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Examining Political Violence: Studies of Terrorism, Counterterrorism, and Internal War

David Lowe Austin Turk Dilip K. Das

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Routledge
10 December 2019
Terrorism, armed struggle; Armed conflict
Security is undermined worldwide from political dissident activity and acts of terrorism targeted at innocent victims with no relation to the offenders. This political violence and terrorism plagues all continents and does not originate solely from jihadist groups. With a view towards developing more effective measures of prevention and resolution, Examining Political Violence: Studies of Terrorism, Counterterrorism, and Internal War examines political violence in various national and international settings. A collection of works, some previously published as articles in the journal Police Practice and Research, the book provides both conceptual analysis and case studies, exploring historical and sociopolitical contexts of conflicts in order to help readers better understand these themes.

Divided into three parts, the book begins by defining the concepts of terrorism and radicalization. It discusses countering terrorism through intelligence gathering, examines how a multiagency approach is necessary to be prepared for terrorist acts, and examines different policing models. It discusses the experiences of policing agencies' investigations into terrorist groups, and examines the targeting of police officers by terrorist groups.

Specifying the historical and sociopolitical contexts of conflicts is essential for understanding these themes. Control policies must be grounded in empirical realities, not ideological preferences or aversions. Bringing together theoretical concepts examined through operational and empirical findings, the book is written by academics researching the areas as well as practitioners working in the fields of counterterrorism and political violence. The conclusions drawn from these findings may assist in combating terrorism and political violence around the world.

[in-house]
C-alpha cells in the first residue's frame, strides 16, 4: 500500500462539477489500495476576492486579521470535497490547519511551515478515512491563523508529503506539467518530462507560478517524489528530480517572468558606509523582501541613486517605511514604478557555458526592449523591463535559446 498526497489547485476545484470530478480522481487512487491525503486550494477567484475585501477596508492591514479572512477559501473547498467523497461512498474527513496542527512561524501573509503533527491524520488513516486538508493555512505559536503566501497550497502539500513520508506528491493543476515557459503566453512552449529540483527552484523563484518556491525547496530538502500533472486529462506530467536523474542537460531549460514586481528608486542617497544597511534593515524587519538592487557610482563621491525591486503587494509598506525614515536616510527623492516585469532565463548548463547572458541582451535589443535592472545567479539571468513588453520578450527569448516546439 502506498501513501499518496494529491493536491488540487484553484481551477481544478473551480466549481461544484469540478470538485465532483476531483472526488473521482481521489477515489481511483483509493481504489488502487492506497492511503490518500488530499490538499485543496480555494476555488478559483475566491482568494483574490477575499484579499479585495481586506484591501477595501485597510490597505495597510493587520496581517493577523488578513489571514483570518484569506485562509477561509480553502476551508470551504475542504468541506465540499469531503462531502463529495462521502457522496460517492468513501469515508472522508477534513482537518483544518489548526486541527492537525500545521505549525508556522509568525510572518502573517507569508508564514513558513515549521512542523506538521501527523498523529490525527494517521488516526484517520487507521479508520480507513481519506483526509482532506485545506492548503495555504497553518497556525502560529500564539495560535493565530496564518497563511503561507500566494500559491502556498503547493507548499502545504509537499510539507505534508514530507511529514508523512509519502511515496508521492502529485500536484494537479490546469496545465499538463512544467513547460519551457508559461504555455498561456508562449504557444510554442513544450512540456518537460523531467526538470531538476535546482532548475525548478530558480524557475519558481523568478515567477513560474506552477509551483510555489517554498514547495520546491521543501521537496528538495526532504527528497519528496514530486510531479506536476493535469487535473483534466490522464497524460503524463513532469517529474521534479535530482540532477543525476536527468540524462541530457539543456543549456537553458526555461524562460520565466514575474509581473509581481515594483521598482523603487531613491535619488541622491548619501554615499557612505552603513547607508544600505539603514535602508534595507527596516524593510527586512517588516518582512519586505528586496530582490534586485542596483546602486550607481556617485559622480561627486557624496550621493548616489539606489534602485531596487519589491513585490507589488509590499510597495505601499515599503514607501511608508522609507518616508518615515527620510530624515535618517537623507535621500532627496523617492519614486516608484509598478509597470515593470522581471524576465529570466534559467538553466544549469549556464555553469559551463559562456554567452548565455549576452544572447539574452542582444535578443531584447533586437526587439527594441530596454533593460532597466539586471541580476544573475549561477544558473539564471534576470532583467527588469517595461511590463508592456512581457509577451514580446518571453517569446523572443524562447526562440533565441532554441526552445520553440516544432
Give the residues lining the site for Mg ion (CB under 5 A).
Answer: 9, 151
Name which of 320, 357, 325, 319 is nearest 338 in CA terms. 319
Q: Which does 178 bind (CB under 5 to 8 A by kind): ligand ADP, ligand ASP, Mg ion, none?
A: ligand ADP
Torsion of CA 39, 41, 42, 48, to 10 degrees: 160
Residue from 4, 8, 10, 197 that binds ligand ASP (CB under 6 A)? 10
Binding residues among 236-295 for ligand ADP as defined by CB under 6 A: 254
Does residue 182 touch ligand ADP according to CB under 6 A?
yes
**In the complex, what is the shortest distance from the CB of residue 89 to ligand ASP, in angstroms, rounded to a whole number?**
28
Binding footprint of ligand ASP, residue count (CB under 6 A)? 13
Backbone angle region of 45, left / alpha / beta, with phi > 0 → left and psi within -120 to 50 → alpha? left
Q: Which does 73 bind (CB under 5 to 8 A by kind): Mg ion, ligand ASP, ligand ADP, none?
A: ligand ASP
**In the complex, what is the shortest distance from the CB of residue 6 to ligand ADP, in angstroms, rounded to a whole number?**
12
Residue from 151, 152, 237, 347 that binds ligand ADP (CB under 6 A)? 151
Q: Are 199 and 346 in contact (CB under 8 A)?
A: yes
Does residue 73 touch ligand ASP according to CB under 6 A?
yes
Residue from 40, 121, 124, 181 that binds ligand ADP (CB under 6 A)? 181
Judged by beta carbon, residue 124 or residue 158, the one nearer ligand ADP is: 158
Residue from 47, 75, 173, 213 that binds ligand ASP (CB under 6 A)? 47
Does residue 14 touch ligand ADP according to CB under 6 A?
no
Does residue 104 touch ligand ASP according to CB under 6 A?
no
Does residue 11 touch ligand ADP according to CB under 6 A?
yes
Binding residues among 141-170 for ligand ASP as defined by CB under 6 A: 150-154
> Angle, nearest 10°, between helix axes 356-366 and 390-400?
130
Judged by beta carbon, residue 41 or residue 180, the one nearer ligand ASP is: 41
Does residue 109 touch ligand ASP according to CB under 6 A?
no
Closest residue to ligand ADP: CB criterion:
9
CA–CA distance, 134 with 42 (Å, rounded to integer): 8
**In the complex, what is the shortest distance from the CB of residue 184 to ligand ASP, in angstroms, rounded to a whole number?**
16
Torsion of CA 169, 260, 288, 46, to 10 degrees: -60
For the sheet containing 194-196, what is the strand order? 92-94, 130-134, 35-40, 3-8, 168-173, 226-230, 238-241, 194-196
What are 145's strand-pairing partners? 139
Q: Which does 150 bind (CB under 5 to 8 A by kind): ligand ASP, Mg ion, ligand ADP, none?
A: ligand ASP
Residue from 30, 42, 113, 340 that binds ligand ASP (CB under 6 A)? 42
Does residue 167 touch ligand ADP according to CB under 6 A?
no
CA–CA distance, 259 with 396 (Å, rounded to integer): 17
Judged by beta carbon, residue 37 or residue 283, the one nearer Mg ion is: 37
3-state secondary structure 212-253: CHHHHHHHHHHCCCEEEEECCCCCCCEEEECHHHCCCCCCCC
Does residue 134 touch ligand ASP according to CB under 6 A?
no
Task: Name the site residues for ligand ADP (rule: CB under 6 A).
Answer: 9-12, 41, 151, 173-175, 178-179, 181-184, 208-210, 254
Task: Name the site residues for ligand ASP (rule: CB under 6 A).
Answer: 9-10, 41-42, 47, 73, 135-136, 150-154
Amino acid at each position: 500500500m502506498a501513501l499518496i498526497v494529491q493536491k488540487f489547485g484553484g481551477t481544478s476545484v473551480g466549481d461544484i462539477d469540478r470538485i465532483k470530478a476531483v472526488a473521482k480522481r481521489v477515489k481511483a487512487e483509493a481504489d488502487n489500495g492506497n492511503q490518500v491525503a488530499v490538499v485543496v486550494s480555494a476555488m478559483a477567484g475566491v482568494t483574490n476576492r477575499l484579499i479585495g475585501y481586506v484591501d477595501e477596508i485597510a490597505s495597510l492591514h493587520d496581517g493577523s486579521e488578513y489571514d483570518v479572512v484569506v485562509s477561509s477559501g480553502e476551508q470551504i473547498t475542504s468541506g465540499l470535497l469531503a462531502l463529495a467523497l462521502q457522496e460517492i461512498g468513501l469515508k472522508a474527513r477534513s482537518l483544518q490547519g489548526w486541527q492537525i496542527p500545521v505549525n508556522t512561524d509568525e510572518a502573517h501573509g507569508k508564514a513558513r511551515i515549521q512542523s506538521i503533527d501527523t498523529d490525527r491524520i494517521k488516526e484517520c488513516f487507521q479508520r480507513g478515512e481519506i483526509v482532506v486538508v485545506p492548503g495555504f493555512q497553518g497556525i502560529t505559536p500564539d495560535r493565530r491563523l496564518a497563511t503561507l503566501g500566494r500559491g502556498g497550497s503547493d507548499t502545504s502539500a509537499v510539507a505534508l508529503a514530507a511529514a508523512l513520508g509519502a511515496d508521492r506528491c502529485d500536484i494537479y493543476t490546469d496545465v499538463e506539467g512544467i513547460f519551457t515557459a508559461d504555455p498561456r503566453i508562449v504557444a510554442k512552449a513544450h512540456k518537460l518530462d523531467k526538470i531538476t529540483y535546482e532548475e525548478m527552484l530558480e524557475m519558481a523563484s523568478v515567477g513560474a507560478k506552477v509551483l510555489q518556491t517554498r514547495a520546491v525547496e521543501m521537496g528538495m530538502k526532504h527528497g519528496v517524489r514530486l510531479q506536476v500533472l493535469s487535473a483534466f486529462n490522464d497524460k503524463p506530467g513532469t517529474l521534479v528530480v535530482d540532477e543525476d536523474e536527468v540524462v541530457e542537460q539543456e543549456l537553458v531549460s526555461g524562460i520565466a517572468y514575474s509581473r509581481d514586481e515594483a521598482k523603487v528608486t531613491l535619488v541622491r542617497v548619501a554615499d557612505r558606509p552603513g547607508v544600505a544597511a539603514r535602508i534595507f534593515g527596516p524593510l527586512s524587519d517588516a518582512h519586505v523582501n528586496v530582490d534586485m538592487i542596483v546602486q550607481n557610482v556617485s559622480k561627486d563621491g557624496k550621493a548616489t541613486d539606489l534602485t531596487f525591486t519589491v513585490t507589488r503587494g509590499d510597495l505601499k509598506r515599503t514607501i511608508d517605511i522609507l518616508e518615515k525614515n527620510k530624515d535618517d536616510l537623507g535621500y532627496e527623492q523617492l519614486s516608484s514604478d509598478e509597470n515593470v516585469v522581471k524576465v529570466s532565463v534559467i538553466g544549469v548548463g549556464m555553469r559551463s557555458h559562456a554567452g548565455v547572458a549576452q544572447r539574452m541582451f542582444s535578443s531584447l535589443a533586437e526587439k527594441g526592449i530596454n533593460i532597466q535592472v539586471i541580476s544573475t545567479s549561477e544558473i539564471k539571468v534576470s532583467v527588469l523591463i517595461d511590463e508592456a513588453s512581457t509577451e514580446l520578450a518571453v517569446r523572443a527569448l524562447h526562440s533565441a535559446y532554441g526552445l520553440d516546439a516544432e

Edited by:   David Lowe, Austin Turk, Dilip K. Das
Imprint:   Routledge
Country of Publication:   United Kingdom
Dimensions:   Height: 234mm,  Width: 156mm, 
Weight:   762g
ISBN:   9780367868208
ISBN 10:   0367868202
Series:   International Police Executive Symposium Co-Publications
Pages:   408
Publication Date:   10 December 2019
Audience:   College/higher education ,  Primary
Format:   Paperback
Publisher's Status:   Active

David Lowe is a principal lecturer at Liverpool John Moores University's Law School. Prior to becoming an academic, he served for 27 years with Merseyside Police in the United Kingdom. Most of his service was as a detective, and most of his detective service was in the United Kingdom's Special Branch Counter-Terrorism Unit. In addition to his recent publications in the area of policing, terrorism, and security, he regularly participates in television, radio, and print media (particularly the BBC) in the United Kingdom and the rest of Europe for commentary in these areas. Dilip K. Das, PhD, is a professor of criminal justice, a former police chief, and a human rights consultant for the United Nations. He is the founding president of the International Police Executive Symposium (IPES), where he manages the affairs of the organization in cooperation with an appointed group of police practitioners, academia members, and individuals from around the world. Dr. Das is also the founding editor-in-chief of Police Practice and Research: An International Journal. A prolific writer (30 books, numerous articles and scholarly presentations), he is the editor-in-chief of two book series published by CRC Press/Taylor and Francis Group: Advances in Police Theory and Practice and Interviews with Global Leaders in Policing, Courts and Prisons. Austin T. Turk is professor of sociology, University of California, Riverside. He is a fellow and former president of the American Society of Criminology and has been a trustee of the Law and Society Association as well as chair of the American Sociological Association's Section on Crime, Law, and Deviance. His research and writing focus primarily on relationships among law, power, and social conflict, with emphasis on the interaction between political policing and political crime. He is now working mainly on issues in counterterrorism.

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